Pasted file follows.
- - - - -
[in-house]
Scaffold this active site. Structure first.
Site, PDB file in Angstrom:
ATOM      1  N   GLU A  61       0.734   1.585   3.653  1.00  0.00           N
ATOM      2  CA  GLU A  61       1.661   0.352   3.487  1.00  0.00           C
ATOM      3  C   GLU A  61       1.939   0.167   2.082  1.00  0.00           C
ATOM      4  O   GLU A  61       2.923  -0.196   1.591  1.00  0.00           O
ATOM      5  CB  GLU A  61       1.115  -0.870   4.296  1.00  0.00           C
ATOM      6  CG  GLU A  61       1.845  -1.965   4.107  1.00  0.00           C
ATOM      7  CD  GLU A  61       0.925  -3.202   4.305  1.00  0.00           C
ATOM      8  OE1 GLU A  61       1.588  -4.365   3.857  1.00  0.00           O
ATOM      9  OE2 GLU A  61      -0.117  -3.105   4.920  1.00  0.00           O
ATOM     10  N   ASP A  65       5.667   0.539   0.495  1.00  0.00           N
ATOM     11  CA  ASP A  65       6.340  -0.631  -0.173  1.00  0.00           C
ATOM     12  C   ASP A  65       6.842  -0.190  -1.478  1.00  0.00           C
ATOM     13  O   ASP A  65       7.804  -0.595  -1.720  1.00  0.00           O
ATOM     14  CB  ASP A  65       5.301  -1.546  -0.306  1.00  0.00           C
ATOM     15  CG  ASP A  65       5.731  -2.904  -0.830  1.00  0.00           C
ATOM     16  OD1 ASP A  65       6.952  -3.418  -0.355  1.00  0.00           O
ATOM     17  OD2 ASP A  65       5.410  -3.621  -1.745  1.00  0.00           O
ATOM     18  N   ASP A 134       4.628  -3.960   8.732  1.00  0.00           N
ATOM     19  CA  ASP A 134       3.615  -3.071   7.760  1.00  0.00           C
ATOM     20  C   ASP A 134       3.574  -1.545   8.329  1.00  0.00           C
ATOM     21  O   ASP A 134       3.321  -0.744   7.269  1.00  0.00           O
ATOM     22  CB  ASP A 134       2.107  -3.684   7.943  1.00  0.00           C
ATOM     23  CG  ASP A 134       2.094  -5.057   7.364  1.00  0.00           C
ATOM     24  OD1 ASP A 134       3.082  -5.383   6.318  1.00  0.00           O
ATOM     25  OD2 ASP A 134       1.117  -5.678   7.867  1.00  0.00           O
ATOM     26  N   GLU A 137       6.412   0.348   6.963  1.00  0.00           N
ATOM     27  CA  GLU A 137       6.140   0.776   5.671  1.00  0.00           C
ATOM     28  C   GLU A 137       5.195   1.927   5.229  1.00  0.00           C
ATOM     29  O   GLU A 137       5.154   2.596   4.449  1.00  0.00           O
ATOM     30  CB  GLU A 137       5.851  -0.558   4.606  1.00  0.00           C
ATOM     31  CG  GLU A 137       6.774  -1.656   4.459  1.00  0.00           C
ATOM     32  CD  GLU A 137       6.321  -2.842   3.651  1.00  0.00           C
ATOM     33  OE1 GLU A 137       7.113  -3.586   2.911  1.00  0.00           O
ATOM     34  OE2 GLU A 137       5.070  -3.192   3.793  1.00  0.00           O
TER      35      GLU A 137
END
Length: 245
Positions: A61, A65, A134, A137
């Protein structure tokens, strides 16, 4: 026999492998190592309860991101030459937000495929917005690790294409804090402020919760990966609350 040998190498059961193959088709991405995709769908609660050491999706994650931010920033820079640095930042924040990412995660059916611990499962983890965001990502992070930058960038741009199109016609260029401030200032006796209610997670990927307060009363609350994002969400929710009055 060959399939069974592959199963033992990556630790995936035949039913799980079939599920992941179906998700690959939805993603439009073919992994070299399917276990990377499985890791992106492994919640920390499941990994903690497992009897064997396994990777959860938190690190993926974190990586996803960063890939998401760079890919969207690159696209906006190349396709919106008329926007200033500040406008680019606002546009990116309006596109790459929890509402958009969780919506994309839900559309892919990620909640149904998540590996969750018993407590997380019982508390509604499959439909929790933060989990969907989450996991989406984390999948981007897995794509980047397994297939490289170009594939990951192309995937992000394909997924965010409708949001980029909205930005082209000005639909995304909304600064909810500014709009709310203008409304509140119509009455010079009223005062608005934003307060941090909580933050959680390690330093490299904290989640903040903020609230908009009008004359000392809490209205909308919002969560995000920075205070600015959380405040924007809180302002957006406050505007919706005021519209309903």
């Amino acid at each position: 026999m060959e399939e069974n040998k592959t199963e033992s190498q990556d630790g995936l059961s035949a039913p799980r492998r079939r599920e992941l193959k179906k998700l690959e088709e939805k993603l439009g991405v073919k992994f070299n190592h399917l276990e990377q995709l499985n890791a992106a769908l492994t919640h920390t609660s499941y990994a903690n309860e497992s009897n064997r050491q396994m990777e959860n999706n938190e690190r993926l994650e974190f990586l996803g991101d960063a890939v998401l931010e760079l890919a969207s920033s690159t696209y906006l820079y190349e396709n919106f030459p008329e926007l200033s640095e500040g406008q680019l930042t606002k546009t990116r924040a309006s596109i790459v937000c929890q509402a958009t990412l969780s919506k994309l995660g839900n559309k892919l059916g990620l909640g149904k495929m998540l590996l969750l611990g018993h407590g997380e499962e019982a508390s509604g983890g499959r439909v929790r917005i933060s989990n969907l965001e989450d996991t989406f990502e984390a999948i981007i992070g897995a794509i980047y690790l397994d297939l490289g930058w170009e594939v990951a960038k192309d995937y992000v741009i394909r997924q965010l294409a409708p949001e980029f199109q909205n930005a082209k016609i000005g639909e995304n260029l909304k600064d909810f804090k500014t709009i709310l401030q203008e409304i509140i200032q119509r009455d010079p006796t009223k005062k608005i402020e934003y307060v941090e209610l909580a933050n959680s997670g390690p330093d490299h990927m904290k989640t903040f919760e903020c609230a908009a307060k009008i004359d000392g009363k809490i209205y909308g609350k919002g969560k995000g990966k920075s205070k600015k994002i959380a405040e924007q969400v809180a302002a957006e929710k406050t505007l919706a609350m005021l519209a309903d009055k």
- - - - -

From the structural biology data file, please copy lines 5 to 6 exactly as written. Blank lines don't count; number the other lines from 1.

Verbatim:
ATOM      2  CA  GLU A  61       1.661   0.352   3.487  1.00  0.00           C
ATOM      3  C   GLU A  61       1.939   0.167   2.082  1.00  0.00           C